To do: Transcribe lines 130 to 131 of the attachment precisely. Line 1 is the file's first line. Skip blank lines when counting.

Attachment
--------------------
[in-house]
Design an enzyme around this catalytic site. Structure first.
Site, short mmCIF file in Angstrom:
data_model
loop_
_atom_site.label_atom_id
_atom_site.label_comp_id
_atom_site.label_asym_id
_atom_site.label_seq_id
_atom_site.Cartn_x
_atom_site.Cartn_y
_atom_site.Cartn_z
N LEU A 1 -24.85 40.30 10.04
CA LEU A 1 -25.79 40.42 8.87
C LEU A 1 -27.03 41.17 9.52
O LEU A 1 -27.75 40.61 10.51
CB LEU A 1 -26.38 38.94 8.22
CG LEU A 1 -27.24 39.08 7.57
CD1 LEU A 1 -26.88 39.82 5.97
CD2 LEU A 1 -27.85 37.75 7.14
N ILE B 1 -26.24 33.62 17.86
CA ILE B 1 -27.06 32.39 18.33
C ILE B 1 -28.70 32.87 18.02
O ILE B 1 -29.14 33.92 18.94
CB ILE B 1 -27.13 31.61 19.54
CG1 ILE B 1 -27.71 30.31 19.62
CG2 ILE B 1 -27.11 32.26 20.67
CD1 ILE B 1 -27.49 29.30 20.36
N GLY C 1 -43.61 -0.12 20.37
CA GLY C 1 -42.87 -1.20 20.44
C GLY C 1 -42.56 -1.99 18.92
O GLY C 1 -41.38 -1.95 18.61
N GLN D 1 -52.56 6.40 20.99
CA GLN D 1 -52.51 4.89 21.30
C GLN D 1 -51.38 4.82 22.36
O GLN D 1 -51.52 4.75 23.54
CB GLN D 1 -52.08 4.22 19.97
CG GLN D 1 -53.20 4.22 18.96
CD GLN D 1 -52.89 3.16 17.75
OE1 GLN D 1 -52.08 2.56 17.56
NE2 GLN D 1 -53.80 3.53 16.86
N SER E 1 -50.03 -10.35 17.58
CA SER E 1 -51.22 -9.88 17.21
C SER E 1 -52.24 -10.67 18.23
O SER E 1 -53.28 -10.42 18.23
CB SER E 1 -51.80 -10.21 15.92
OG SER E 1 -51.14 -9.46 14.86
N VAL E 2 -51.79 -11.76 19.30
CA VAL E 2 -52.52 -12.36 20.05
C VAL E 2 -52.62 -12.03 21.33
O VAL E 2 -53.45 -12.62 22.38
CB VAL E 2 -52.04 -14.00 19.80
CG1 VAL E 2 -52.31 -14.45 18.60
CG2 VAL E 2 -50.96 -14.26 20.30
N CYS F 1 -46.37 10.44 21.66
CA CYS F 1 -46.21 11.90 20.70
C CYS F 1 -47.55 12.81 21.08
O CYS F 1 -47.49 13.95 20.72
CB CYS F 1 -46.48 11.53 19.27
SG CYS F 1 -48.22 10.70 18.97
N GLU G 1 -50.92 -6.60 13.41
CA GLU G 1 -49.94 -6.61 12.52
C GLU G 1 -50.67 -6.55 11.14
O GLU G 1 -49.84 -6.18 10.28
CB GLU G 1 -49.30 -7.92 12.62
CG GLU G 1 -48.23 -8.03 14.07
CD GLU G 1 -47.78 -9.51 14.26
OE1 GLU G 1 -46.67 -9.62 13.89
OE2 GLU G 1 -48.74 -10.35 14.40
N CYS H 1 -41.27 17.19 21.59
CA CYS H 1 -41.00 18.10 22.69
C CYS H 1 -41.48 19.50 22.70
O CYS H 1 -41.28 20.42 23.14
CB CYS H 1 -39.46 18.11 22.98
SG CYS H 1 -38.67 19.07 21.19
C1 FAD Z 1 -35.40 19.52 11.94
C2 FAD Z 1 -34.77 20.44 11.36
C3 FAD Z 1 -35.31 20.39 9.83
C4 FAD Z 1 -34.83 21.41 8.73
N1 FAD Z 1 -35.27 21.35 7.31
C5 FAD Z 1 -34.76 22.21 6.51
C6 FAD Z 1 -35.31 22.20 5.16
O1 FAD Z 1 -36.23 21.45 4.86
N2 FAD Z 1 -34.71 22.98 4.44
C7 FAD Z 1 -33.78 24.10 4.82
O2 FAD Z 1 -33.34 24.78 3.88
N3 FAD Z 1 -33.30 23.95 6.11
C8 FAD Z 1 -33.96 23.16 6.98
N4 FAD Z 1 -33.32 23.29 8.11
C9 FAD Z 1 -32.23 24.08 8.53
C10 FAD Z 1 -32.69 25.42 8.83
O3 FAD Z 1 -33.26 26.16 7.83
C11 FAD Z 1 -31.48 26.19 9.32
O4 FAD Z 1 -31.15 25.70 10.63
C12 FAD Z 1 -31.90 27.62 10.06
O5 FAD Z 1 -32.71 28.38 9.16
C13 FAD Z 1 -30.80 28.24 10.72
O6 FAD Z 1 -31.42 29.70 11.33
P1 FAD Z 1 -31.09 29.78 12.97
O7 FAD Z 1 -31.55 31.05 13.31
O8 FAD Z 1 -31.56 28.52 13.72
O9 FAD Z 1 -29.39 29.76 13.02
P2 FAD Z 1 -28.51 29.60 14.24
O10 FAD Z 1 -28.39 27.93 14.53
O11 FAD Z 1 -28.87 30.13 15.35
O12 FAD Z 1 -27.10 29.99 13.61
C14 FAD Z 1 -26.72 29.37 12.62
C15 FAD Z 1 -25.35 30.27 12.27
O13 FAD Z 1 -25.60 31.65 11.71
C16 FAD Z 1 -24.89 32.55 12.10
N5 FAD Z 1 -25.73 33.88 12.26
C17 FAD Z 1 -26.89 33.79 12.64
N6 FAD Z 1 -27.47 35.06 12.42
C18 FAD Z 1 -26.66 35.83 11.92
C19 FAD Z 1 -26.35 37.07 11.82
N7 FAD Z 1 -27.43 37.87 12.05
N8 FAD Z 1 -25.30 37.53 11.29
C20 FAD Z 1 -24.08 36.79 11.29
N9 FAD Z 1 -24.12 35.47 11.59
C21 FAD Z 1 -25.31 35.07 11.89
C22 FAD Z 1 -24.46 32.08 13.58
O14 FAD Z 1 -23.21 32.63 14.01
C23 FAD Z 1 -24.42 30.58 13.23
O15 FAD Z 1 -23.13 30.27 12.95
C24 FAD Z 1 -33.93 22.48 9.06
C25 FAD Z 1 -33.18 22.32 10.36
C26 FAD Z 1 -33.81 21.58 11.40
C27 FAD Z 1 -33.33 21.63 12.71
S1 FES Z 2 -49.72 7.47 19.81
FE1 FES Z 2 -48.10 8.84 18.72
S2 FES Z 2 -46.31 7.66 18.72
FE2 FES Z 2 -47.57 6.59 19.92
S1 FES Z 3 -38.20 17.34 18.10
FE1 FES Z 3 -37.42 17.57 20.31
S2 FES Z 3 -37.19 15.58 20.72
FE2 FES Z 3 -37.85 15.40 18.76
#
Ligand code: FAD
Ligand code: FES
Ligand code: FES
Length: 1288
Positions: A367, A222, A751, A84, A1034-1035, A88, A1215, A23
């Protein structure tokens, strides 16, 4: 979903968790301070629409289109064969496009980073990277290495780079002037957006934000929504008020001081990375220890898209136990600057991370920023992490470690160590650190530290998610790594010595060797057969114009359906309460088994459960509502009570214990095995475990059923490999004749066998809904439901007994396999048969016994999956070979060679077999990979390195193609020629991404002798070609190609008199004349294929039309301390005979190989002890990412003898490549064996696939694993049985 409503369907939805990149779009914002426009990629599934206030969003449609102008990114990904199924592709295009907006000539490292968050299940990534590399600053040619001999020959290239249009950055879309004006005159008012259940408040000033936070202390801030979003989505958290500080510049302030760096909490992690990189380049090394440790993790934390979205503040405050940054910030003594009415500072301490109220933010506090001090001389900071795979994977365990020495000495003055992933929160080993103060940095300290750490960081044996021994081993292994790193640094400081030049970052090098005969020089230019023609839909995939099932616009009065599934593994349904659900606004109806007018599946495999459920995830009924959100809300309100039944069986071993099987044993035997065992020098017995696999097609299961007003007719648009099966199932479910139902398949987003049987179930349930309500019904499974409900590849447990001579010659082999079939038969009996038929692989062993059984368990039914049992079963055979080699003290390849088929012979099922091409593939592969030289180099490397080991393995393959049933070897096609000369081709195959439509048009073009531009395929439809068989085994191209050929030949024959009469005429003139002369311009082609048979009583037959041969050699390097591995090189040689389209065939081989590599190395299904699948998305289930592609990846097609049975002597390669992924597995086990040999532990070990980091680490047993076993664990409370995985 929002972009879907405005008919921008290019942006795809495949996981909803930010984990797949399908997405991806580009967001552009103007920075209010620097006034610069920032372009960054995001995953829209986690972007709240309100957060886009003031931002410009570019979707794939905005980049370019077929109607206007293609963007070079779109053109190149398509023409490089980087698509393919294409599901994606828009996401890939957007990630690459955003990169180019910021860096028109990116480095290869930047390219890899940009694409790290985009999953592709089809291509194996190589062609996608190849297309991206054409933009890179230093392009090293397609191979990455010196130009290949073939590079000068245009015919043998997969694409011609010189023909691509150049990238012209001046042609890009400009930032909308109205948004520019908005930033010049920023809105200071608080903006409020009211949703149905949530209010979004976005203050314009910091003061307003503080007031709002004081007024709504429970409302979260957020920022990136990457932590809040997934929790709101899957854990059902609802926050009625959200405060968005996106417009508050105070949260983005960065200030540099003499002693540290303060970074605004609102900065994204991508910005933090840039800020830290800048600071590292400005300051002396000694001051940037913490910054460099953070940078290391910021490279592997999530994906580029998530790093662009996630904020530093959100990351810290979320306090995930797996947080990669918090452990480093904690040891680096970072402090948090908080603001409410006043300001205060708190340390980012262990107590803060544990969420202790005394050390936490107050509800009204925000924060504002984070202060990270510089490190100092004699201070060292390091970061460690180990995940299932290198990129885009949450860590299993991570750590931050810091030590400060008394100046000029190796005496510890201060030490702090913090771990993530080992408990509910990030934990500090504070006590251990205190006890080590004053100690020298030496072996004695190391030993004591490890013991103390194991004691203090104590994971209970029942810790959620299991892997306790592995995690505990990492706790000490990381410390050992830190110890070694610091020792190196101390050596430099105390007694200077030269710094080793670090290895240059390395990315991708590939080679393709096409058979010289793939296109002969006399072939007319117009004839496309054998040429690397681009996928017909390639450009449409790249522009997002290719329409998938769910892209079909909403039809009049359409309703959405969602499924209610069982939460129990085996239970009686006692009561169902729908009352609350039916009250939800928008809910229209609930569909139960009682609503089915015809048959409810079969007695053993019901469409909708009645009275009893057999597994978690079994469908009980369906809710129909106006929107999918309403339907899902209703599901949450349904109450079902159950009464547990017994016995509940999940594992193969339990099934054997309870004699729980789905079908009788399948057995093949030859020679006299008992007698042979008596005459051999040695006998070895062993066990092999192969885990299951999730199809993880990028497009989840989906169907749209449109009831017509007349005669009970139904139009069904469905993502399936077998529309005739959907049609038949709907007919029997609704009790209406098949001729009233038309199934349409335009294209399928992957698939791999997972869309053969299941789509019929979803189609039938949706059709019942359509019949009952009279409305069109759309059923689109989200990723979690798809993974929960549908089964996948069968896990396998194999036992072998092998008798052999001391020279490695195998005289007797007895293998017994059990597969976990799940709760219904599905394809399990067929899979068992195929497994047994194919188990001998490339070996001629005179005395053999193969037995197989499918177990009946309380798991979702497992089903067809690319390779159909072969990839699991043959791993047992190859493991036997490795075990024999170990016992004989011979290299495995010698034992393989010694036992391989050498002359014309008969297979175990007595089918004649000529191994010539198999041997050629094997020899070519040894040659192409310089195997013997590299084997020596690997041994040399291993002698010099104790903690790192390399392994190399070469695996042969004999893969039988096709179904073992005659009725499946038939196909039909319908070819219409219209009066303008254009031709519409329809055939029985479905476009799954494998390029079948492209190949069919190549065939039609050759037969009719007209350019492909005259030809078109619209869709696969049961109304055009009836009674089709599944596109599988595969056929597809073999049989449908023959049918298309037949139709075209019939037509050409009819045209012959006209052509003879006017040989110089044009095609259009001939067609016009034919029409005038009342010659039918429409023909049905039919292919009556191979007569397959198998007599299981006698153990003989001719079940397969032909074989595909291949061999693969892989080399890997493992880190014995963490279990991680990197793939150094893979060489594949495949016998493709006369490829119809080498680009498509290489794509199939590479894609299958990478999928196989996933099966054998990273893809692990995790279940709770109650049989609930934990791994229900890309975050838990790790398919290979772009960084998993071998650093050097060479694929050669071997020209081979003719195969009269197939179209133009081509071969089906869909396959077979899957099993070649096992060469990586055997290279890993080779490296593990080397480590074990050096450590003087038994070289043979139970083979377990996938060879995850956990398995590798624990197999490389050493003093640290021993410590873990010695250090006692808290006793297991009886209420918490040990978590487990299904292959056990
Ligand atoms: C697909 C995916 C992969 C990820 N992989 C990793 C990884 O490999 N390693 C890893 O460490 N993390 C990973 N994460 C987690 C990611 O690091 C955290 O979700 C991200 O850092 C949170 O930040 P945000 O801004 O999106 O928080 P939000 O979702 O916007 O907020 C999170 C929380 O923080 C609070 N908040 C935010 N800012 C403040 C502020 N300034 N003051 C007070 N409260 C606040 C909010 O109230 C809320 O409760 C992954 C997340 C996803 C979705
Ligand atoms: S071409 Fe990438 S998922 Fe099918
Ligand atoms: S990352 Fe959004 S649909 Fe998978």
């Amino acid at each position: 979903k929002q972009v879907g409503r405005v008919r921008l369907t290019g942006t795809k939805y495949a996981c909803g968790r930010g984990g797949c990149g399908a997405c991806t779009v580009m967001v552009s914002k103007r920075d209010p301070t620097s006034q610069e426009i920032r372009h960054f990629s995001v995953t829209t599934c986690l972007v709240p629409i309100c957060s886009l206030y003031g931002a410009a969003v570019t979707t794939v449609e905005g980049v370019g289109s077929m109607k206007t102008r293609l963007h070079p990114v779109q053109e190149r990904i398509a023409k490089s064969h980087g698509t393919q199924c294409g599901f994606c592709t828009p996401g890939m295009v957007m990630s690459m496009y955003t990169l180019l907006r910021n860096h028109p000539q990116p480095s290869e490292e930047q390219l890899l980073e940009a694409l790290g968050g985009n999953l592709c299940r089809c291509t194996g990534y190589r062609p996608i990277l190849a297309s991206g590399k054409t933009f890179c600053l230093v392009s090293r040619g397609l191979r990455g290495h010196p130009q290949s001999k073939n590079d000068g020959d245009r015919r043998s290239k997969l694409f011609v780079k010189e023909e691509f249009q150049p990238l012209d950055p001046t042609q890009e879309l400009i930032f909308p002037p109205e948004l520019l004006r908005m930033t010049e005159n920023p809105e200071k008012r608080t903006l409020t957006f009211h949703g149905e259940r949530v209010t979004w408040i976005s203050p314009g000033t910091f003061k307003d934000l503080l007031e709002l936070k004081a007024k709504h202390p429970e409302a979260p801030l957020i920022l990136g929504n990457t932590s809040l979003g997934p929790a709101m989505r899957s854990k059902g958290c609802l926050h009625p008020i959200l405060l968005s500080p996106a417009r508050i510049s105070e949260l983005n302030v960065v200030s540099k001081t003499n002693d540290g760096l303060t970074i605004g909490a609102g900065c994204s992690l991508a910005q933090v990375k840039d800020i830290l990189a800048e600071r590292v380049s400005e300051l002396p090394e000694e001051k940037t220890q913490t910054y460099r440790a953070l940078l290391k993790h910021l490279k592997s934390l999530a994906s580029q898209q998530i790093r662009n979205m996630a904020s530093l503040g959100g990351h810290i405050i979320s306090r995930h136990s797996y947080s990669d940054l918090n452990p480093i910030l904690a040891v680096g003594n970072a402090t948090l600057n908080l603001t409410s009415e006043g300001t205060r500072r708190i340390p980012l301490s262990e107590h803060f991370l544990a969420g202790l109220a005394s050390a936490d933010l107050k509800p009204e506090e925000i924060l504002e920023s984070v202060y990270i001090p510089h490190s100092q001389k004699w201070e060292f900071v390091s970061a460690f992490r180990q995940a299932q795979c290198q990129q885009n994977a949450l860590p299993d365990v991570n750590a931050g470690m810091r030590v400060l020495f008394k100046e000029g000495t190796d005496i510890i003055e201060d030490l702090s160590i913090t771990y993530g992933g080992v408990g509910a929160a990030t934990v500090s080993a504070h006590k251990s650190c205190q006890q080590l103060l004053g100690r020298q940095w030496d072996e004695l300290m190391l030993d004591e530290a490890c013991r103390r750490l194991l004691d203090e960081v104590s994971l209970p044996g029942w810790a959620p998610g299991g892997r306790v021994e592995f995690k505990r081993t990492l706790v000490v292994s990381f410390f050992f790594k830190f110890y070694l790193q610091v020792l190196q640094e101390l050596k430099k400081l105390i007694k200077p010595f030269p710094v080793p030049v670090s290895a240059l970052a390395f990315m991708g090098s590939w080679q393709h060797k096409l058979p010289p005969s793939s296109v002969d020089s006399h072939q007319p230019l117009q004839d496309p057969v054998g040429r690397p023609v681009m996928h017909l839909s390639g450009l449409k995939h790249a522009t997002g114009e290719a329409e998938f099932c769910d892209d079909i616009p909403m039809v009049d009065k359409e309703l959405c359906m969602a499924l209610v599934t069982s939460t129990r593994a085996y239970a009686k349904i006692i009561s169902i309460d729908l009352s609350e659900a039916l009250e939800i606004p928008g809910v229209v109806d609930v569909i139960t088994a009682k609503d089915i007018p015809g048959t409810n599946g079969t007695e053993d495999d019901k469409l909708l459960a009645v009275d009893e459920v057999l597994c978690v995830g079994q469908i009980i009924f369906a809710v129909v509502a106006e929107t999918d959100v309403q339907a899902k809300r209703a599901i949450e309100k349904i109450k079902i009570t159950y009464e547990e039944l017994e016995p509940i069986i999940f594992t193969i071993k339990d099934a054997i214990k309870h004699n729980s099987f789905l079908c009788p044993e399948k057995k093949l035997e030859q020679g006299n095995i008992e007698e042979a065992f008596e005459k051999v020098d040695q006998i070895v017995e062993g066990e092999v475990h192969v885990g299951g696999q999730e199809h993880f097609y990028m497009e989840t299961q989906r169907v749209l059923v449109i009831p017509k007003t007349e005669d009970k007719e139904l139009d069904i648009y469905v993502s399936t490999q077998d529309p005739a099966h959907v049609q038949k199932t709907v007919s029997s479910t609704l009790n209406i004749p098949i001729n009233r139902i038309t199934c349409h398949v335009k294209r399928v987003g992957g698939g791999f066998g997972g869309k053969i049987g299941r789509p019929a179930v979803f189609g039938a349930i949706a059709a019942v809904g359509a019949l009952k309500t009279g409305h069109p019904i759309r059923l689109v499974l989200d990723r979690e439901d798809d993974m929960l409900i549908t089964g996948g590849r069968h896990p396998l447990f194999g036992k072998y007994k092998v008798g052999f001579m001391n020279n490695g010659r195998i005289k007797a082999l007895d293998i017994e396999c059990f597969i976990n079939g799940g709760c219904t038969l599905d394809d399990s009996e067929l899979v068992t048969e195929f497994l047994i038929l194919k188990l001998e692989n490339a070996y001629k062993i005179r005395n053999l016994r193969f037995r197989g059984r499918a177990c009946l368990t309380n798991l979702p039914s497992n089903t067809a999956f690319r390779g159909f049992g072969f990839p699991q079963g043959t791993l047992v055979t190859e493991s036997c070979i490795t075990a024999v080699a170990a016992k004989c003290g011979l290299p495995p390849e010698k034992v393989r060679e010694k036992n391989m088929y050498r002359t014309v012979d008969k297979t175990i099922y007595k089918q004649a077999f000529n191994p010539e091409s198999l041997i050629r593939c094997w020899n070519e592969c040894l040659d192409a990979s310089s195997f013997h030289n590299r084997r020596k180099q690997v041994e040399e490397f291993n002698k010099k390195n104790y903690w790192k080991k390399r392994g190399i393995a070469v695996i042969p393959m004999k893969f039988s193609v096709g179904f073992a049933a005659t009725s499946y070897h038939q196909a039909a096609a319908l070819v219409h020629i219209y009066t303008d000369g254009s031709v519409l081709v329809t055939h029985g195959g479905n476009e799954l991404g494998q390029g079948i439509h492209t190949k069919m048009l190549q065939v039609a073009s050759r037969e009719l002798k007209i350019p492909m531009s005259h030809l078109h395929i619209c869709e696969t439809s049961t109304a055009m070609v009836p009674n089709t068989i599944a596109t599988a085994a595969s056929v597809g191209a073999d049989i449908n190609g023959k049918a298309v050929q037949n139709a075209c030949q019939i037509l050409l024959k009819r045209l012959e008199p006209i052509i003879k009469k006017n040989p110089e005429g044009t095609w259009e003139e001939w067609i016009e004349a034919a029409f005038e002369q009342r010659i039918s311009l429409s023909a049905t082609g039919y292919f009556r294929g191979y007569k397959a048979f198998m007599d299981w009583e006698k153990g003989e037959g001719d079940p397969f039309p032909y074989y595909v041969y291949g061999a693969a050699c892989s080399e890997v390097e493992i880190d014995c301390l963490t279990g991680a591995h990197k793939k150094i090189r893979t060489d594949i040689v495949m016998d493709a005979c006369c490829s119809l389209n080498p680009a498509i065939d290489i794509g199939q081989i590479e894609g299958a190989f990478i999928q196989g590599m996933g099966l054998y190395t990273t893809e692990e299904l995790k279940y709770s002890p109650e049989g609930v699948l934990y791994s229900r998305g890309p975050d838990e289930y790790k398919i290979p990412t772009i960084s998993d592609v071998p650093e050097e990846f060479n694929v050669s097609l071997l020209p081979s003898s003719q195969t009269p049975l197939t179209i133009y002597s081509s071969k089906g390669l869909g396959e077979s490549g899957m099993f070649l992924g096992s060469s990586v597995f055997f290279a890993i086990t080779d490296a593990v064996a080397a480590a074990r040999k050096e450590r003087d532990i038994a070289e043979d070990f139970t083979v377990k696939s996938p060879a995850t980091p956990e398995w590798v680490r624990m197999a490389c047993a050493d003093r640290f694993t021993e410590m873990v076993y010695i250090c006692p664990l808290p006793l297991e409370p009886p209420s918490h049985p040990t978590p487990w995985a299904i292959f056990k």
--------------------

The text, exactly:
FE1 FES Z 2 -48.10 8.84 18.72
S2 FES Z 2 -46.31 7.66 18.72